The recent surprise announcement of Sony's a7 Mark II had people reeling about the first-ever 5-axis in-body stabilization on a full-frame camera. We recently got our meathooks on one of the new cams and wanted to show you just a bit of what it can do before giving it a more comprehensive report.

Sony's announcement of the a7 Mark II was surprising because many had previously thought it impossible to engineer the complex mechanism of 5-axis stabilization into a compact full-frame body like the a7. Sony managed to pull it off, not only astutely engineering the capability to compensate for x-axis, y-axis, pitch, roll, and yaw movements, but doing it without negatively affecting battery life. Amazing.

In my brief tests with the A7 Mark II and 55mm f/1.8 lens, I was indeed able to take my shutter speed down to 1/25 of a second while still getting tack sharp results. The below shots were taken completely handheld, the first with Steadyshot on, and the second with it off:

Steadyshot on at 1/25:

Steadyshot off at 1/25:

They look almost the same from afar, but here are 100% crops:

Steadyshot on:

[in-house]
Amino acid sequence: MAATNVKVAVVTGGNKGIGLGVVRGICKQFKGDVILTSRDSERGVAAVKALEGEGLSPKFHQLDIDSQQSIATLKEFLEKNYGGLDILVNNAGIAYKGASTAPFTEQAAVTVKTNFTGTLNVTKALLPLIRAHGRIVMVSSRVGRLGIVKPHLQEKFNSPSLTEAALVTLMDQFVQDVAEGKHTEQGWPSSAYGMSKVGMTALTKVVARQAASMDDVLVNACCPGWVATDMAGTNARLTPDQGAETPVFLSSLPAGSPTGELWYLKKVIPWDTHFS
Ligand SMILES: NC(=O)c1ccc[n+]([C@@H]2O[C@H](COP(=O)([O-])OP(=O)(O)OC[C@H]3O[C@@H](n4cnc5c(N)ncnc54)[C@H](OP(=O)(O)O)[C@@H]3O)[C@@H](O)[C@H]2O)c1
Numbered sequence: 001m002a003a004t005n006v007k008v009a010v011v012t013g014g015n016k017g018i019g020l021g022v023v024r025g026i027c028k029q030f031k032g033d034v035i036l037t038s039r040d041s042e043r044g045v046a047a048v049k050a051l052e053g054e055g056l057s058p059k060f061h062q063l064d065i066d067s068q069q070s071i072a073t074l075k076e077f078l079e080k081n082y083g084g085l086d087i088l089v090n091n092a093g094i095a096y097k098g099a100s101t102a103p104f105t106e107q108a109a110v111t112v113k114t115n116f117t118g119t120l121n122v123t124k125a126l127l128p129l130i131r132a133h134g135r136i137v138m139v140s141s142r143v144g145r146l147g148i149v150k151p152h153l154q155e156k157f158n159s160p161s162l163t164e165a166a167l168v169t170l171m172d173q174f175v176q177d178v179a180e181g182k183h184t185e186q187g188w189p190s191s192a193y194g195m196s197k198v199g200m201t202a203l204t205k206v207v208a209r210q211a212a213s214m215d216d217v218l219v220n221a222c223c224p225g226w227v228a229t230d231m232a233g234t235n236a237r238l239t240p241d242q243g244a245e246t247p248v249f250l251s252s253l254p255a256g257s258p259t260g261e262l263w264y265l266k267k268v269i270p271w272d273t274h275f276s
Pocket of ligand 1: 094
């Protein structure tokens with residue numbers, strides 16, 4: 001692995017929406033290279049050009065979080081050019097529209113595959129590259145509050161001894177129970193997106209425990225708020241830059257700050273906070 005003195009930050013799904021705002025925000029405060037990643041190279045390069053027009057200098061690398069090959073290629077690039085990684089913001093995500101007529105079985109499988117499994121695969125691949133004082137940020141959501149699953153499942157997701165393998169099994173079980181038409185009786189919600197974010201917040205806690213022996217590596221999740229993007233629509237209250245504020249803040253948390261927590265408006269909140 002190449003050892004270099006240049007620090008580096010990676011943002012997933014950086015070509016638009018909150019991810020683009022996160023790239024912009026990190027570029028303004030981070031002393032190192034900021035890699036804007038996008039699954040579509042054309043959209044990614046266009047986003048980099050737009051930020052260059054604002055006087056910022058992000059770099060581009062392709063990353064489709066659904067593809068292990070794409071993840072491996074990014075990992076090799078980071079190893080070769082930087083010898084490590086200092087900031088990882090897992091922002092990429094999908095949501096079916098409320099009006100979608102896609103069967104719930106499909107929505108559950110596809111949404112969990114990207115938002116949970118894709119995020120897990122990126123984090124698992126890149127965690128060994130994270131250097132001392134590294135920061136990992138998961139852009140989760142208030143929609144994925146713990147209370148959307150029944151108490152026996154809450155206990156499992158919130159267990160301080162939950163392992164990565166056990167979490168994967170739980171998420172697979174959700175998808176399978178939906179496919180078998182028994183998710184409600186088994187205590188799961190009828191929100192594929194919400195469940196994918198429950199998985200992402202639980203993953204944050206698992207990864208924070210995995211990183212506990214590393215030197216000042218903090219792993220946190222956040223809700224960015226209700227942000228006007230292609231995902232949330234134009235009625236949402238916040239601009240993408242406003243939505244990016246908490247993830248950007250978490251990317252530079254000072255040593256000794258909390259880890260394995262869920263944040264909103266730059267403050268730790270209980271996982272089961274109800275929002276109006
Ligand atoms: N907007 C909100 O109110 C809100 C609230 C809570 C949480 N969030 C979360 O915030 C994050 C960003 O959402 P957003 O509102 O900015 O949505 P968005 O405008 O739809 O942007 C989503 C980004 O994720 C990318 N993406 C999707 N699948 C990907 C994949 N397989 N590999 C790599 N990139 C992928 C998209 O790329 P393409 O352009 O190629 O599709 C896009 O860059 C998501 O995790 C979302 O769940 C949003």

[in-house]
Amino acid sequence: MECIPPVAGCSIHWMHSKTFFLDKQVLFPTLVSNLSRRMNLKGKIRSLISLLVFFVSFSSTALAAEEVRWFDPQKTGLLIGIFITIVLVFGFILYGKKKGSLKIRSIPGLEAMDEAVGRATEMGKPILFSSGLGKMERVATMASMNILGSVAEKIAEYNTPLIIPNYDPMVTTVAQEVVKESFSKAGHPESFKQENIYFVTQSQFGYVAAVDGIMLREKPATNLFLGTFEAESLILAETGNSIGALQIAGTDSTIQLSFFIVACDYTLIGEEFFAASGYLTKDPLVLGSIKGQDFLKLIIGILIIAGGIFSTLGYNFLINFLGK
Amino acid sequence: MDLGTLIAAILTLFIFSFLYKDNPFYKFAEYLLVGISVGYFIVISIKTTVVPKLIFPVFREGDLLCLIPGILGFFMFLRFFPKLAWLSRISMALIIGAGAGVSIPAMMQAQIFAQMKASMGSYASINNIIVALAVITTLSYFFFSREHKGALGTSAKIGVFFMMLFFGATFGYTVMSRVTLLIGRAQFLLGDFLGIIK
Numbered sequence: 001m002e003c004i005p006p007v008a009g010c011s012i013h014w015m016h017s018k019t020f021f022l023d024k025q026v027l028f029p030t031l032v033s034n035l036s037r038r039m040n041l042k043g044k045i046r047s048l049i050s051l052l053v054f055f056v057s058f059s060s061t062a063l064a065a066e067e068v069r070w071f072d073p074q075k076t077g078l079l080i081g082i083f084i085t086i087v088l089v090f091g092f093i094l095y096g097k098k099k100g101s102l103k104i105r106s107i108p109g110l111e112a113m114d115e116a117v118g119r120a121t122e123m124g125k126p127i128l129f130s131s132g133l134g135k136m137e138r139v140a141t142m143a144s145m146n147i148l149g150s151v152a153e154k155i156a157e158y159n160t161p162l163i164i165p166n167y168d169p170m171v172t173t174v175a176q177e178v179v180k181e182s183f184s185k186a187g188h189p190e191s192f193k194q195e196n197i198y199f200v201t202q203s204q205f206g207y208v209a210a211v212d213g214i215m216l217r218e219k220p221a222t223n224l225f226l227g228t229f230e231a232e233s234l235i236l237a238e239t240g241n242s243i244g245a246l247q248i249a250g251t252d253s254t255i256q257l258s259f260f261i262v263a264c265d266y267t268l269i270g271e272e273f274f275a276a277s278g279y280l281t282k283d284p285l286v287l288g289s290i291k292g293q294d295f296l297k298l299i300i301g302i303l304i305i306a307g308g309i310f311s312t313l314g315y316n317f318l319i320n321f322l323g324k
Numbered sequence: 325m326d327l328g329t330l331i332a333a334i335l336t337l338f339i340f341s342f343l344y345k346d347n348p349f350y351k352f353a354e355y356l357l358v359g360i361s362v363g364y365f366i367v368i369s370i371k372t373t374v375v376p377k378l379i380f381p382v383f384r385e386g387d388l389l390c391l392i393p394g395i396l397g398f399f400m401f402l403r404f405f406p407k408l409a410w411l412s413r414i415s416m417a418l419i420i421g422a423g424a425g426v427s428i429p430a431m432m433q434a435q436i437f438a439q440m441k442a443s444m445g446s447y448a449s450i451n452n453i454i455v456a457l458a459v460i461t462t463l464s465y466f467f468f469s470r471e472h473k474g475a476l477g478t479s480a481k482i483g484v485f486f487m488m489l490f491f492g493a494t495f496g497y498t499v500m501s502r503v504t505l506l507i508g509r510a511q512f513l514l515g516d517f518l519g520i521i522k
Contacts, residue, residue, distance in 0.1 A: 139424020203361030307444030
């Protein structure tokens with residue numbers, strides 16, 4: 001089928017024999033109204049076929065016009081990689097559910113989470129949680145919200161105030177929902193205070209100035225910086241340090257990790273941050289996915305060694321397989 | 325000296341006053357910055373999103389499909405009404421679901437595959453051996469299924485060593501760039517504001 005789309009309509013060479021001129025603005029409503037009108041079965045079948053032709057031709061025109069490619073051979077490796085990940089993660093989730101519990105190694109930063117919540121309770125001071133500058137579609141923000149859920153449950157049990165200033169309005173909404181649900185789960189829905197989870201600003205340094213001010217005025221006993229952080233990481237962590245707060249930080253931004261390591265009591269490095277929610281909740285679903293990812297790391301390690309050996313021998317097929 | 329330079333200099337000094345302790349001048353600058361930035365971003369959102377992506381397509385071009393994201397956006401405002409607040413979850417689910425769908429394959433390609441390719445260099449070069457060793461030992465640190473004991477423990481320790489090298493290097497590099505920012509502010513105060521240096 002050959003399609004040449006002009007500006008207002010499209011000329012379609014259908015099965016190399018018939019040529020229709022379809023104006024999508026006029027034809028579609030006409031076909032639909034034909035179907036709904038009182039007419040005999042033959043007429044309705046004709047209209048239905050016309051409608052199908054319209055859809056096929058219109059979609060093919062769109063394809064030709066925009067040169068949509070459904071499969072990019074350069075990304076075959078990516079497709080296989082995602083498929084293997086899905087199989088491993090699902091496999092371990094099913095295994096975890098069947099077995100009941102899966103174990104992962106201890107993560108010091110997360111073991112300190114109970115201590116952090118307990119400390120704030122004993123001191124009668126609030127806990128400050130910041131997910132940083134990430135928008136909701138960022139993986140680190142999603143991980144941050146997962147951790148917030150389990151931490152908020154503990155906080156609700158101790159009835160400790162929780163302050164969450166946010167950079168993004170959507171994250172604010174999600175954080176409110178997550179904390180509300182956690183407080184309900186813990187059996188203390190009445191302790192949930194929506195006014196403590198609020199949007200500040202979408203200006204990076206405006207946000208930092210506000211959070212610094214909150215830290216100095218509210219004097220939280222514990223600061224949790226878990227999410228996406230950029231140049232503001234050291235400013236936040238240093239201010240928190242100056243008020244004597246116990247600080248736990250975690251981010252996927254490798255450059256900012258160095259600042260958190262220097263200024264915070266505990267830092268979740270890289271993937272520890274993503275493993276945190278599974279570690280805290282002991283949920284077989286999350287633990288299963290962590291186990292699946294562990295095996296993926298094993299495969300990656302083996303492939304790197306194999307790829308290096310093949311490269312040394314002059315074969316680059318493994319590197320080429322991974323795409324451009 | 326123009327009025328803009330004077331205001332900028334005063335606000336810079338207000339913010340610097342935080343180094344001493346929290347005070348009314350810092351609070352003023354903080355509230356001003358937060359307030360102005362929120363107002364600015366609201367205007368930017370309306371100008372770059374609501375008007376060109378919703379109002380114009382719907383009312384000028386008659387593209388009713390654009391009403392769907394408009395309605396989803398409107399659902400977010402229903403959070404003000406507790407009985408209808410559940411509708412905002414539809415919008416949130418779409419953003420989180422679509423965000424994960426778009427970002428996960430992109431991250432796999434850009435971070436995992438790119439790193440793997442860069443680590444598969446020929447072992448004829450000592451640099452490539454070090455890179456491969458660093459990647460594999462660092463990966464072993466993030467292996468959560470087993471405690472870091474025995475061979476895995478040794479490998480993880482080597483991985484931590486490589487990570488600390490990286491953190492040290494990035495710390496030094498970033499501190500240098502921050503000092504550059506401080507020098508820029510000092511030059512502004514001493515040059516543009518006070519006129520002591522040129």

Steadyshot off:

I tried to go down to 1/8 of a second, and although the resulting shot was passable for most uses, it was still a bit shaky handheld:

Steadyshot on at 1/8:

Steadyshot off at 1/8:

And here are the 100% crops:

Steadyshot on:

Steadyshot off:

Needless to say, being able to shoot at such slow shutter speeds is a huge advantage. Personally, when shooting with a 50 0r 55mm lens, I would never venture below 1/80 of a seond if I wanted crisp shots. Users of Olympus or Panasonic micro four-thirds cameras know how handy 5-axis stabilization is, and now it is available on a full-frame camera.

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My last quick test was to see the difference 5-axis stabilization made when shooting video. I did the same handheld shot as before, switching the Steadyshot from off to on. The results are mixed. While there is a marked improvement, there is still a very noticeable trace of micro-jitters throughout the clip. This is a disappointment, as these minuscule tremors are the most distracting part of hand-held footage. I will have to perform more tests to see if the Mark II's stabilization is more useful in other situations. A note on the video clip below: I didn't have a card capable of recording to the new X-AVCS codec feature in the Mark II, so the quality of the AVCHD footage is pretty bad. I will do an assessment of the true video quality in a future post.

I'll be using the A7 Mark II more in the coming days and will circle back with a more filled-out set of field notes to share. But already the camera feels great, more solid and comfortable than the original A7. Keep your eyes peeled for more Mark II goodness on Reframe!